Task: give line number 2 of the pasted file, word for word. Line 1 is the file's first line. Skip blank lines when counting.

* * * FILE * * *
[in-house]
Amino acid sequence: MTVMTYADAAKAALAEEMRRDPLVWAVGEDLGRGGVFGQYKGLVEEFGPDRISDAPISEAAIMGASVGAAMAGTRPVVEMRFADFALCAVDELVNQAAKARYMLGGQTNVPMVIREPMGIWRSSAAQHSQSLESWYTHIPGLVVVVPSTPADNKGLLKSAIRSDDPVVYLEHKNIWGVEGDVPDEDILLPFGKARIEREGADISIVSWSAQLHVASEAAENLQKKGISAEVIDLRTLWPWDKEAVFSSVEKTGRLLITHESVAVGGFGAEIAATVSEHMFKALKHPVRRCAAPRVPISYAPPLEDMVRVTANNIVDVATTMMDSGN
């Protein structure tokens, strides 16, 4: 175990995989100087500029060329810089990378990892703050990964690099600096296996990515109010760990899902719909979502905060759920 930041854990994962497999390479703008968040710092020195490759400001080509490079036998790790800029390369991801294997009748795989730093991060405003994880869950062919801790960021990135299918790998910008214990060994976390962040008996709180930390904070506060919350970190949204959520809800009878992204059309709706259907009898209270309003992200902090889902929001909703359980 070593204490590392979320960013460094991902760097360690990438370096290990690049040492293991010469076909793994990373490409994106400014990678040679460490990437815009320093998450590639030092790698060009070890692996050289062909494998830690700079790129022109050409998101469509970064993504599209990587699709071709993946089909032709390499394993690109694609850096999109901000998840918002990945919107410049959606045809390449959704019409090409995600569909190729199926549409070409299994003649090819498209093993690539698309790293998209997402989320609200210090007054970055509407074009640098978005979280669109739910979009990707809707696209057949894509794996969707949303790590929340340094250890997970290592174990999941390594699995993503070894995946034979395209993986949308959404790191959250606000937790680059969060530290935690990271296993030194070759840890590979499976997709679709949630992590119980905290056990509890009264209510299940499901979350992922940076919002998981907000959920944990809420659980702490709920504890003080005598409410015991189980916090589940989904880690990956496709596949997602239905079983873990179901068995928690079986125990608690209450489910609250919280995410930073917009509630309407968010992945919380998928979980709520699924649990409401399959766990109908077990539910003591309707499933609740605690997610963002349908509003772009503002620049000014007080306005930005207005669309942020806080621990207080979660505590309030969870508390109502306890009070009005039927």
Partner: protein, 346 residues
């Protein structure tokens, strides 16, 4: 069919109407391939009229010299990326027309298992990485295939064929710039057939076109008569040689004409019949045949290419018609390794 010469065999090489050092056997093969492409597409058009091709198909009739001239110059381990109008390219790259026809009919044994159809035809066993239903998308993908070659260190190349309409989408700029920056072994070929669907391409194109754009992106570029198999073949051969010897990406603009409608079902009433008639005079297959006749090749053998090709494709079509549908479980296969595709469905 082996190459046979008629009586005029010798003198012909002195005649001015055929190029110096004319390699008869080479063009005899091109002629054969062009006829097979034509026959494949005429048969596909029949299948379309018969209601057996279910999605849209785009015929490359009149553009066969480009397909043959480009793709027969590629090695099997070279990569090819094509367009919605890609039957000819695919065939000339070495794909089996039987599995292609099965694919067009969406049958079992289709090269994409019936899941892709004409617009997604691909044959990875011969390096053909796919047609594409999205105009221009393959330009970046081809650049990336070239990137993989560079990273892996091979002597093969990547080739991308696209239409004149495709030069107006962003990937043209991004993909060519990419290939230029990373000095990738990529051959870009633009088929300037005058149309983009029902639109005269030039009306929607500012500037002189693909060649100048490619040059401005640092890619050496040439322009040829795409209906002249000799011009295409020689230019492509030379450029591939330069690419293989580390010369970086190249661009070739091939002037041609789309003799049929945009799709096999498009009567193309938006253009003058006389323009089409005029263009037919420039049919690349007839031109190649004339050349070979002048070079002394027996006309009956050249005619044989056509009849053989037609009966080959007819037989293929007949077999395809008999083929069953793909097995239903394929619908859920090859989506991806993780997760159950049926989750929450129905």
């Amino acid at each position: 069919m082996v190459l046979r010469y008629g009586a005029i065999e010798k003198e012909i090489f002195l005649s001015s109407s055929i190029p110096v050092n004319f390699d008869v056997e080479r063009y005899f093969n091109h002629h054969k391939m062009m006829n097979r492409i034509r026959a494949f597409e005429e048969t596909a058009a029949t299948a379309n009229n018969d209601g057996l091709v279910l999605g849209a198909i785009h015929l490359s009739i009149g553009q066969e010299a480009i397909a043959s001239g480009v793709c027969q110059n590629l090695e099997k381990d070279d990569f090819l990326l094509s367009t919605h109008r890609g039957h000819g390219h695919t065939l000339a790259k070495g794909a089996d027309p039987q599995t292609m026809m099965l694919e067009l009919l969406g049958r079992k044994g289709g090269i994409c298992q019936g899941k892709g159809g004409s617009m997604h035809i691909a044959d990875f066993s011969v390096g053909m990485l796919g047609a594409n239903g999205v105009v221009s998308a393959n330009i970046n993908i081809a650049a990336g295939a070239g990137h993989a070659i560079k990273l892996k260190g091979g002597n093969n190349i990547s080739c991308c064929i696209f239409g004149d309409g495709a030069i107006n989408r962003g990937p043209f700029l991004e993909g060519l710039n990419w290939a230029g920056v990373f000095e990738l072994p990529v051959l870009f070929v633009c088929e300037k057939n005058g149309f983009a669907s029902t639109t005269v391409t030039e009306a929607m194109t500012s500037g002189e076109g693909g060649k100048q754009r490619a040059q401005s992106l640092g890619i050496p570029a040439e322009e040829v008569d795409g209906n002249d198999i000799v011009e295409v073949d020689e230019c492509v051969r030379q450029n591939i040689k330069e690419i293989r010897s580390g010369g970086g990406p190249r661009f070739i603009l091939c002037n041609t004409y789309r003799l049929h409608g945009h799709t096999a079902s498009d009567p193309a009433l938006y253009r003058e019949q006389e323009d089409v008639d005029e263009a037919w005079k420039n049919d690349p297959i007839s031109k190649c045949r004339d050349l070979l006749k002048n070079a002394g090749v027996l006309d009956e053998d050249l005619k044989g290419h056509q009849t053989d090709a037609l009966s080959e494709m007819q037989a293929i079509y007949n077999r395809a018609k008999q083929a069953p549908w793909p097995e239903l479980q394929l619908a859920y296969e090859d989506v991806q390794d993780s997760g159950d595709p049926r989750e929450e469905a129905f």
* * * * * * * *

Amino acid sequence: MTVMTYADAAKAALAEEMRRDPLVWAVGEDLGRGGVFGQYKGLVEEFGPDRISDAPISEAAIMGASVGAAMAGTRPVVEMRFADFALCAVDELVNQAAKARYMLGGQTNVPMVIREPMGIWRSSAAQHSQSLESWYTHIPGLVVVVPSTPADNKGLLKSAIRSDDPVVYLEHKNIWGVEGDVPDEDILLPFGKARIEREGADISIVSWSAQLHVASEAAENLQKKGISAEVIDLRTLWPWDKEAVFSSVEKTGRLLITHESVAVGGFGAEIAATVSEHMFKALKHPVRRCAAPRVPISYAPPLEDMVRVTANNIVDVATTMMDSGN